Listening to the residents of Frogtown, and many of the other communities that will be affected by the revitalization project, can help identify the ecology of people existing within these areas. Though many of the proposals gathered in Shelter are multiple stages away from the reality of construction and planning, the groundedness of these ideas in their context, specifically within the work of LA-Más, suggests that tides are shifting for Los Angeles’s forthcoming reincarnation.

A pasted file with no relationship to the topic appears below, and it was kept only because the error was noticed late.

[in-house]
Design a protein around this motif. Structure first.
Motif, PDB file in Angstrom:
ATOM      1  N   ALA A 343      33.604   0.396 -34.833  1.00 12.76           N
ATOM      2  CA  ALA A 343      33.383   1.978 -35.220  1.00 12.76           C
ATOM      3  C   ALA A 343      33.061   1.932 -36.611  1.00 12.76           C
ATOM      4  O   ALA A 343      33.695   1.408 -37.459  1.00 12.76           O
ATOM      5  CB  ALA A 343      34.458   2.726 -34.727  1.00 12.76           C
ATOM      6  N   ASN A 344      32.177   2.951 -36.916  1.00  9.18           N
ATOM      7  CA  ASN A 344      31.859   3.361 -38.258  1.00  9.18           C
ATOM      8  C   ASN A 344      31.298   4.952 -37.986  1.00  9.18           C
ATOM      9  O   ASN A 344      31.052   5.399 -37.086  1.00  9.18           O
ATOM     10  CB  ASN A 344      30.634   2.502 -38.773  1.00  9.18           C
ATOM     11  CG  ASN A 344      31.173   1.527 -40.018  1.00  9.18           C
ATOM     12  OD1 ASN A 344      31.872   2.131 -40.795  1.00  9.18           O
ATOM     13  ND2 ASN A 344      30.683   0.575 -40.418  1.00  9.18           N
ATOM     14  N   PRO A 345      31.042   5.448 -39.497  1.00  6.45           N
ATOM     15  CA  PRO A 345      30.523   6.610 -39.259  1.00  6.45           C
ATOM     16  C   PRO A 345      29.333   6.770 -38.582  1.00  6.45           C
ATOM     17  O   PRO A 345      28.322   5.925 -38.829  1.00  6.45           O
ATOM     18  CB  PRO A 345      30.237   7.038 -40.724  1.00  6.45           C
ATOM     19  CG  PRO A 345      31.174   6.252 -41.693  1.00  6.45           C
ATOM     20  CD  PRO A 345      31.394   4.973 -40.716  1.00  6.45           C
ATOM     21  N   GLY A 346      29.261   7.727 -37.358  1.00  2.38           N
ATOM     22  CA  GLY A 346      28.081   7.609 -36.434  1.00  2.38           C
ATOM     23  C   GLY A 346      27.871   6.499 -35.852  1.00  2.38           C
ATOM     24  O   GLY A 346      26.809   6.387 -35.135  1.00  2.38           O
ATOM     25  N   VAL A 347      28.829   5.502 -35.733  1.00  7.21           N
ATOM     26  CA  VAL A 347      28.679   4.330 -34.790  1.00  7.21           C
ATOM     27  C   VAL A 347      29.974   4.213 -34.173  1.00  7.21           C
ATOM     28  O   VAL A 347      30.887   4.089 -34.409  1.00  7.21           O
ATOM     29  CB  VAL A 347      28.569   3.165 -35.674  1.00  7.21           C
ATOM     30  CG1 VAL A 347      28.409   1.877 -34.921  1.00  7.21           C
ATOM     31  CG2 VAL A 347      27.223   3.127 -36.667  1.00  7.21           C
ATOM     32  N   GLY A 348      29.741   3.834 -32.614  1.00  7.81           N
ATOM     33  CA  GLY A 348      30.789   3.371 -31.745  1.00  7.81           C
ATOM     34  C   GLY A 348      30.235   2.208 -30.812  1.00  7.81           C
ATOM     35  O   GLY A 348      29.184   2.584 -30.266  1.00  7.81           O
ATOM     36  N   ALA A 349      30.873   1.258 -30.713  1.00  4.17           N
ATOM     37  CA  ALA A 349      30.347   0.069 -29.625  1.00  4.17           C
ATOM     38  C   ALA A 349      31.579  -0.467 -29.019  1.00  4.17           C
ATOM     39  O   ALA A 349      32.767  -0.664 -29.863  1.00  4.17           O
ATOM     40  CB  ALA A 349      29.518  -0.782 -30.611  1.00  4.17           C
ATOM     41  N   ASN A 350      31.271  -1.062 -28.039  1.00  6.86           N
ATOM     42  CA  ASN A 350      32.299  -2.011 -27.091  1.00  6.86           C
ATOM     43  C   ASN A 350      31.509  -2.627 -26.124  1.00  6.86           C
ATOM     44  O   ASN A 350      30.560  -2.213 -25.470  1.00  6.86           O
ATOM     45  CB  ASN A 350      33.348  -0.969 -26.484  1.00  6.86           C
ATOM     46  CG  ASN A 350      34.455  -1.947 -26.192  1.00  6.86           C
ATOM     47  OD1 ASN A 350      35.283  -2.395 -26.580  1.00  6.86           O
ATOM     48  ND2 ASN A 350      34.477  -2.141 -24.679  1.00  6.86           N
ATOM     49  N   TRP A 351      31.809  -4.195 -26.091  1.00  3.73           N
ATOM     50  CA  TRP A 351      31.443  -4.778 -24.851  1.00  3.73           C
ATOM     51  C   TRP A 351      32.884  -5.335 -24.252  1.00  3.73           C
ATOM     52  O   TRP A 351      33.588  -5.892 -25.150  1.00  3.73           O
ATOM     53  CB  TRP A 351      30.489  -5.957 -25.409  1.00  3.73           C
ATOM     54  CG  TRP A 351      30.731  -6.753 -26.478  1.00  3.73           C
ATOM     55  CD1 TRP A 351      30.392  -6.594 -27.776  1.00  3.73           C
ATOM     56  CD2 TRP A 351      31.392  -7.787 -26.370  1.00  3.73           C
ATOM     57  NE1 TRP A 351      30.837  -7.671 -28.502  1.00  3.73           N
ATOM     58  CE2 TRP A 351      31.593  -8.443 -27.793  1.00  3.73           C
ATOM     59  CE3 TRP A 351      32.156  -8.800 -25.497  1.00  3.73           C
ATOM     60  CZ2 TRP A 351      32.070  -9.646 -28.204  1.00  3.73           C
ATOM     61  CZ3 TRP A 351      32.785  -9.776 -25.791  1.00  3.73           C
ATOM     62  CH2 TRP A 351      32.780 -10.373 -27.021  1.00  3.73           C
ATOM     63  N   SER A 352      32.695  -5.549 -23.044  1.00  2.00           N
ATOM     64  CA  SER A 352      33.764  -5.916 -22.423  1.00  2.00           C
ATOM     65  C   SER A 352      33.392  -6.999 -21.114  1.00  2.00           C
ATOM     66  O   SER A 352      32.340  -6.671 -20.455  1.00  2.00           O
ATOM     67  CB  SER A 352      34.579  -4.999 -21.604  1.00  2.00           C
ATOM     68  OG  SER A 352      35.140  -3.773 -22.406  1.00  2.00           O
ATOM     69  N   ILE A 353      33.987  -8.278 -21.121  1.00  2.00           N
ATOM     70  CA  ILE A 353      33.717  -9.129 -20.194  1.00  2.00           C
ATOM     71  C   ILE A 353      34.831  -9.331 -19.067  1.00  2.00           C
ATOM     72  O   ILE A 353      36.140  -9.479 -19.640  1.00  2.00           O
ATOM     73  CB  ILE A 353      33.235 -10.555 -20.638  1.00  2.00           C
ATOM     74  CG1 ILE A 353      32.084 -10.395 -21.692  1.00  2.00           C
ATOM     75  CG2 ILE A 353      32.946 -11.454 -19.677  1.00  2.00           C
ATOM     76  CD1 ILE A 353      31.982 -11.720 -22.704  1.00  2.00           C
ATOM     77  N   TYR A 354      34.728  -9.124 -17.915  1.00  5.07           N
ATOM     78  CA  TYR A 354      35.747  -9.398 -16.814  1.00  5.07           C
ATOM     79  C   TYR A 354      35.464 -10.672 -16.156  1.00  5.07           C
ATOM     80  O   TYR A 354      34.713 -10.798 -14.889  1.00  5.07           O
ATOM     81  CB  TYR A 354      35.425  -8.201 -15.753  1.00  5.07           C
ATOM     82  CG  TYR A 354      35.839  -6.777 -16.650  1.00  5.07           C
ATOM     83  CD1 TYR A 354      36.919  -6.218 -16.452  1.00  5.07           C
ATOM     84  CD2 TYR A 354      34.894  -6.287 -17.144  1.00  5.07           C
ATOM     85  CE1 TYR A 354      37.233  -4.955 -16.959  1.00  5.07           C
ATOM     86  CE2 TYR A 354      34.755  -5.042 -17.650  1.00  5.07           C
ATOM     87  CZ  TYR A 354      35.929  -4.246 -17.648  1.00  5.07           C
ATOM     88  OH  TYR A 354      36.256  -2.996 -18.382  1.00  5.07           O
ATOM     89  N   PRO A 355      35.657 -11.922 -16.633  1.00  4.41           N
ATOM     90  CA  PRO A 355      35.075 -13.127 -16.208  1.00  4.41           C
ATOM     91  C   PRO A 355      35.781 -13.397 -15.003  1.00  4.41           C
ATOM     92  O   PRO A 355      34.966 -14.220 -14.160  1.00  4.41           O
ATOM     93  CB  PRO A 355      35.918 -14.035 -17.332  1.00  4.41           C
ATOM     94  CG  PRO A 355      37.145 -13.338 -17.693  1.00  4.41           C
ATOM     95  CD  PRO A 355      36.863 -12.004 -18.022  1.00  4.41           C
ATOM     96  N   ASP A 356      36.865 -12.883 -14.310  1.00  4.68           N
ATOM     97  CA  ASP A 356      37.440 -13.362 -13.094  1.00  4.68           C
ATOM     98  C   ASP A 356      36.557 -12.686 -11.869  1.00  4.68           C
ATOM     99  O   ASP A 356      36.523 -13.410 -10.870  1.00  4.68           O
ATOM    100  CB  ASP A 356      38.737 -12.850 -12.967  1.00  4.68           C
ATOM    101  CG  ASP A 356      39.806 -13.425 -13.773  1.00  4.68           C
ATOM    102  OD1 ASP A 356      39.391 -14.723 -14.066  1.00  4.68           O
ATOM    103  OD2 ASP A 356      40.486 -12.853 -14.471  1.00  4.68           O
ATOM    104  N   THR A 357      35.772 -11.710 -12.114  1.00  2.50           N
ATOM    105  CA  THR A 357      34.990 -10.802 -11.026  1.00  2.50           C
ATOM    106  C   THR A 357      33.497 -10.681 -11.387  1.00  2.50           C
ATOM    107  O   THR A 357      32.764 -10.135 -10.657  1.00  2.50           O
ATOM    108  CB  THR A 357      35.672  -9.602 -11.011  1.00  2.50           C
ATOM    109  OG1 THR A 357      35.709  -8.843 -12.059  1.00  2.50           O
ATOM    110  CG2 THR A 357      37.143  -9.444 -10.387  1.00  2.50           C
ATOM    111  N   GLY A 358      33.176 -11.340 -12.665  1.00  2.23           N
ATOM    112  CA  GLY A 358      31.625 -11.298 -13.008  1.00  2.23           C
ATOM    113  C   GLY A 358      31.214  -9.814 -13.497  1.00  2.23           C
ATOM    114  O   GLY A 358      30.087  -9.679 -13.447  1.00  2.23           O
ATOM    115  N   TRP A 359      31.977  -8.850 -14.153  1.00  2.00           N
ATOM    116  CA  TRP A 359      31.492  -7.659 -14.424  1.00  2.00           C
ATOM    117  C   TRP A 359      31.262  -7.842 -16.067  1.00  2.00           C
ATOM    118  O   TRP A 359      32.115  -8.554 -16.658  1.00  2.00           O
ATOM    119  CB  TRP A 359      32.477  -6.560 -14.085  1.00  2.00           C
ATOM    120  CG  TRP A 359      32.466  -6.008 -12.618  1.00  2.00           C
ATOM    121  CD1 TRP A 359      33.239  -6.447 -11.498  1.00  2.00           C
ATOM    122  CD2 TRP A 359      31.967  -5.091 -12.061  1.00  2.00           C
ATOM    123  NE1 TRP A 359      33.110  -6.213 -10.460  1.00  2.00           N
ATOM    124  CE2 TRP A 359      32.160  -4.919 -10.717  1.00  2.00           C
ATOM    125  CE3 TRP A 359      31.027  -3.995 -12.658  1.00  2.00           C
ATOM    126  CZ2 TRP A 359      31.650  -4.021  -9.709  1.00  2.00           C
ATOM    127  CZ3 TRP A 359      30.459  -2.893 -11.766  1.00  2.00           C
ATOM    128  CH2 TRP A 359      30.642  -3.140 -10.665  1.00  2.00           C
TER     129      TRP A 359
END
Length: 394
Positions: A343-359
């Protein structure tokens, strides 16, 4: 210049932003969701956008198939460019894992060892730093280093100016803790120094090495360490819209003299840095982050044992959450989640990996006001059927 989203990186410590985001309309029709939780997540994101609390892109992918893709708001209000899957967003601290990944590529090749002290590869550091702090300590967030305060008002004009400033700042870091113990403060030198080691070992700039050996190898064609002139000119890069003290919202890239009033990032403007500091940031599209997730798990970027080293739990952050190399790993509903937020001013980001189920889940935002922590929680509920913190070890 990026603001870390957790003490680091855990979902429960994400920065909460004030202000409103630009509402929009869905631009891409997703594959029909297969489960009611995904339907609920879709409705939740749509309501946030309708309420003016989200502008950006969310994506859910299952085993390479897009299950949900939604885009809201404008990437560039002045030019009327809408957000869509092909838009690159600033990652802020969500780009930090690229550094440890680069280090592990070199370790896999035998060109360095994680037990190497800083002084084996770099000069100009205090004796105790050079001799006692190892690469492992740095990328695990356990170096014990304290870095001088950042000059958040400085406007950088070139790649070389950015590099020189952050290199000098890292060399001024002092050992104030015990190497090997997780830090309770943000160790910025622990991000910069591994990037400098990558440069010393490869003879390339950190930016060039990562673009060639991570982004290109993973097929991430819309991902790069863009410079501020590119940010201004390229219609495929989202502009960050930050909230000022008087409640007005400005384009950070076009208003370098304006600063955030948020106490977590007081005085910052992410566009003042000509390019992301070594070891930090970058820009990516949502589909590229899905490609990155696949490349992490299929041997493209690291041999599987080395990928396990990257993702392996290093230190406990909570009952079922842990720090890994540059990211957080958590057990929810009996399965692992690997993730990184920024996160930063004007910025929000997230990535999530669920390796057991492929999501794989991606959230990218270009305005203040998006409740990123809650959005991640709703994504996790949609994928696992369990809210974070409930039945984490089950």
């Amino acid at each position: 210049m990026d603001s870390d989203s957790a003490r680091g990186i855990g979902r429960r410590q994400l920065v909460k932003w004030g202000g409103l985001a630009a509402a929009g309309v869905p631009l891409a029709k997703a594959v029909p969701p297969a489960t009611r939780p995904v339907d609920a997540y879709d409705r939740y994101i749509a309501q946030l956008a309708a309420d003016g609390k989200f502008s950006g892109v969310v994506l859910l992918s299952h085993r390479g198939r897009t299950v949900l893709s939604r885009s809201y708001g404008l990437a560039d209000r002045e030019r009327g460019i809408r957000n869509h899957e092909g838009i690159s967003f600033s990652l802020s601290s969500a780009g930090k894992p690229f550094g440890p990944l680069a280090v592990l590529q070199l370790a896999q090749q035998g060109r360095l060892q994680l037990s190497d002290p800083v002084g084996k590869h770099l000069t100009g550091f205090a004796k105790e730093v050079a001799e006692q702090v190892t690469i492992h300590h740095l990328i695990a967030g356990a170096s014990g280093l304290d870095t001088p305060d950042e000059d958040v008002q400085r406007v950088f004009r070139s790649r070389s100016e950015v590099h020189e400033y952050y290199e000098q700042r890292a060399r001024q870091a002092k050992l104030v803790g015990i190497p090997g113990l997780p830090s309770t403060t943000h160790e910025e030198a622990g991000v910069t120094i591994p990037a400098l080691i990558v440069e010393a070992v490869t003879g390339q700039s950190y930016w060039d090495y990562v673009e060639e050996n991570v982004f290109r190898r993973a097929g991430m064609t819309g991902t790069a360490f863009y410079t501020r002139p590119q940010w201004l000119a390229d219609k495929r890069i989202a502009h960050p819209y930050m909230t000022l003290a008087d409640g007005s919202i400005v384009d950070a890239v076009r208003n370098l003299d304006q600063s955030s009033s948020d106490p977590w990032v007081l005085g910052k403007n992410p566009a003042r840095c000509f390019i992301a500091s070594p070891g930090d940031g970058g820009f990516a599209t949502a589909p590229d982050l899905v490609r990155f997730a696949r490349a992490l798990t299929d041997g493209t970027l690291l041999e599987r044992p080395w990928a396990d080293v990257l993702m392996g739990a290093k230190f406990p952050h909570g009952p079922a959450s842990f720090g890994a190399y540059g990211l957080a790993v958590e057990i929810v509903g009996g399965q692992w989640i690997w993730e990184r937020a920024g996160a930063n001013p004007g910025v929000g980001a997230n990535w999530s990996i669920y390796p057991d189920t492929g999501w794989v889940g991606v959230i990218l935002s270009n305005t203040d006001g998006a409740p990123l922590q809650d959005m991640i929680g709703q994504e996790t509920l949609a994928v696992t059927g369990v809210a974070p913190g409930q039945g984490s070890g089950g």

Los Angeles has often been put on a pedestal as a leader in domestic architecture, and America’s model homes may soon mirror the ecologically sound and socially sustainable housing examples seen in Shelter. But architects and planners must remember – a “home” is more than a physical dwelling: it is the community that surrounds it.
More information about the Shelter exhibition and its participants can be found at https://aplusd.org/exhibitions-current.
The Nature of Cities hosted a Global Roundtable in 2014, gathering thoughts on the social justice implications of urban ecology. Read this discussion here.